First impressions of Dolby Atmos [UPDATED]

Village Crown Vmax

Village Cinemas Crown VMax auditorium (Cinemas 5 & 6)

Well I finally got to see a film in Dolby’s new positional audio format Dolby Atmos. Village Cinemas have installed it into screens 5 & 6 at Crown Casino, which as far as the company’s VMax branded cinemas go must be amongst their smallest. VMax at Crown equals a pretty standard auditorium size at other complexes. And considering Atmos seems ideally suited to large auditorium, I was curious if this would compromise the impact. I’ve never really been a fan of Village Crown Casino cinemas, and have usually avoided going to them because of various problems with their presentation. When I ran a website reviewing Melbourne cinemas for technical performance, my overall view of the complex was pretty scathing.

But back to Atmos, which was the reason I made a return to Crown. I won’t go into a description of the technology behind Dolby Atmos – that’s what the rest of the internet is for. Suffice to say that Dolby Atmos changes the paradigm of cinema surround sound from being channel specific to being object/position. So the soundtrack that ships with the film actually contains separate audio stems which are also given positional automation information. The cinemas processor effectively does a live realtime mix by steering these audio objects around that specific cinema’s speaker setup. So the number of speakers in the auditorium is determined by the size and scale of the installation. The system supports a maximum of 64 channels or speakers.

Going into the cinema, I was pleasantly surprised by the number of ceiling speakers that were installed, considering the smaller size of the auditorium. More information on the technical specifics of Crown’s Atmos sound systems can be found here, but in short there are 5 speakers behind the screen (Left, Inner-Left, Centre, Inner-Right, Right) a layout that hasn’t been seen in cinemas since the ill-faited (but sonically gorgeous) SDDS 8 Channel format, and before it, the original spec of TODD-AO’s mag-strip 70mm. There are 34 surround sound speakers, arranged along the back and sides of the auditorium, and in two strips overhead. Or basically 8 on either side, two strips of 7 overhead, and 4 across the back. In addition to the usual sub woofers behind the screen, there are two sub woofers mounted near the roof on the left and right of the auditorium.

Or in old discrete terminology you could call this entire setup 39.3 surround (.3 being the 3 subwoofer channels). Or in the way that they’re describing it now for home: 25.3.14 (where the overhead channels are the 14 last).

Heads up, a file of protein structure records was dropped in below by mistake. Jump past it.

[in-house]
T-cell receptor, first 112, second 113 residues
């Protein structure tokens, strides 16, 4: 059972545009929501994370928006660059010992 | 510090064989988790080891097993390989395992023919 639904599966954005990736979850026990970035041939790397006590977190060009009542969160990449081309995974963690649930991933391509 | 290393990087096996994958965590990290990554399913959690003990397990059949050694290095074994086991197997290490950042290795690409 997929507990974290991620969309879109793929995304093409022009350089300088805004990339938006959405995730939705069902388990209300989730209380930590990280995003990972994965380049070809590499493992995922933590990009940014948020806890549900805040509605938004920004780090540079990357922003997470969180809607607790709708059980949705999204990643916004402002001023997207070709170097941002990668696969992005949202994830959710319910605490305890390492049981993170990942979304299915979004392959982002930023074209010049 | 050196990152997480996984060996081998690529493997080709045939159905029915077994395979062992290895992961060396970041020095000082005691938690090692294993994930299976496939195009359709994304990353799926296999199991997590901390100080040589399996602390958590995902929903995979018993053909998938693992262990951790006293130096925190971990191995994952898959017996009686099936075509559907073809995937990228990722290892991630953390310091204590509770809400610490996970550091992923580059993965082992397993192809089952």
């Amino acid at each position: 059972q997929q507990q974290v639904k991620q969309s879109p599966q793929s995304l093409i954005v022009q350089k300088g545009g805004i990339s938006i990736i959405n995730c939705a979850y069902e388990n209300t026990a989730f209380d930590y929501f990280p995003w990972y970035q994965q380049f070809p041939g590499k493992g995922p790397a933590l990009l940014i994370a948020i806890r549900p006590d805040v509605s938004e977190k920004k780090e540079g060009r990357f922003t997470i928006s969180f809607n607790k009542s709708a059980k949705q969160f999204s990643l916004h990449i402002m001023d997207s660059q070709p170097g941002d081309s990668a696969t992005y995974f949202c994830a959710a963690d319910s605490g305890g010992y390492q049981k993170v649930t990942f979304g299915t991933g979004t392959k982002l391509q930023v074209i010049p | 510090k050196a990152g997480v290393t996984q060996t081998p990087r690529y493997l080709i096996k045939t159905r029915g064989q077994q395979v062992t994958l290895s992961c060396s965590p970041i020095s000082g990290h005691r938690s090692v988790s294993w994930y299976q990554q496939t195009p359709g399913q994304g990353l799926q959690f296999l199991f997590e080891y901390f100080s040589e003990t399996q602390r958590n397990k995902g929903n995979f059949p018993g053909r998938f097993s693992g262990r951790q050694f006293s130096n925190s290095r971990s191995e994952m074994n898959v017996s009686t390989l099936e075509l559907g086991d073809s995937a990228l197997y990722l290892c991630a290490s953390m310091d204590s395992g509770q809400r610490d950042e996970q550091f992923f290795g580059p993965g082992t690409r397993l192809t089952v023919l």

This is my best attempt at a technical diagram of the Crown Casino Dolby Atmos setup, using both information online and my own observations. The sweet spot the cinema is calibrated to is highlighted in yellow.

Crown Casino VMax Dolby Atmos Speaker Layout Map

Village Cinemas Crown Casino VMax Dolby Atmos Speaker Layout Map

I thought this was supposed to be a review. How did it sound?

Yes OK sorry, got distracted by tech. But in essence that gives an idea of the problem with Atmos – it’s an inherently technical advance, one that is difficult to communicate to an audience in a pithy way.

The first thing we heard in the cinema was an audio-only demo. It featured some gentle music with vocalist and guitar, starting dead centre, and then slowly panning around the auditorium in a true 360 degree wraparound. This was fairly impressive to me, as I was listening to the blend between the individual speakers, and there really was no audible change in colour or timbre as it moved. Pretty impressive, and goes to show that the calibration works. But to an average audience member, there was nothing really impressive about this. And I don’t know how many people would appreciate that this specific kind of effect was not possible in any prior surround sound format. So what people most often notice (and what is really being sold with Atmos) are the overhead speakers. And they weren’t featured at all in this demo.

They then showed the Dolby Atmos ‘Amaze’ trailer, which I was already familiar with having downloaded a high def Dolby True HD file of it, and played it on my own home 5.1 system.

Being familiar with the sound material is always useful when auditioning a cinema. And I have to say, I was a little disappointed. Sure, it was fucking loud. The ability of the system to produce huge dB ratings without distortion is impressive, but being deafened is not the reason I attend the cinema. I was expecting Atmos to actually be more impressive in its subtlety, but in this trailer everything just felt loud. I didn’t remember this from my own listening at home – I was looking forward to hearing the subtle rendering of rain overhead, punctuated by the “Powerful Bass” moment (which nearly dismantled my fronts and sub at home) but the whole thing was already so saturated in booming bass, that this particular moment didn’t really seem to increase. There’s a point of loudness when you’re already being overwhelmed, so getting again louder doesn’t really make a difference at that point.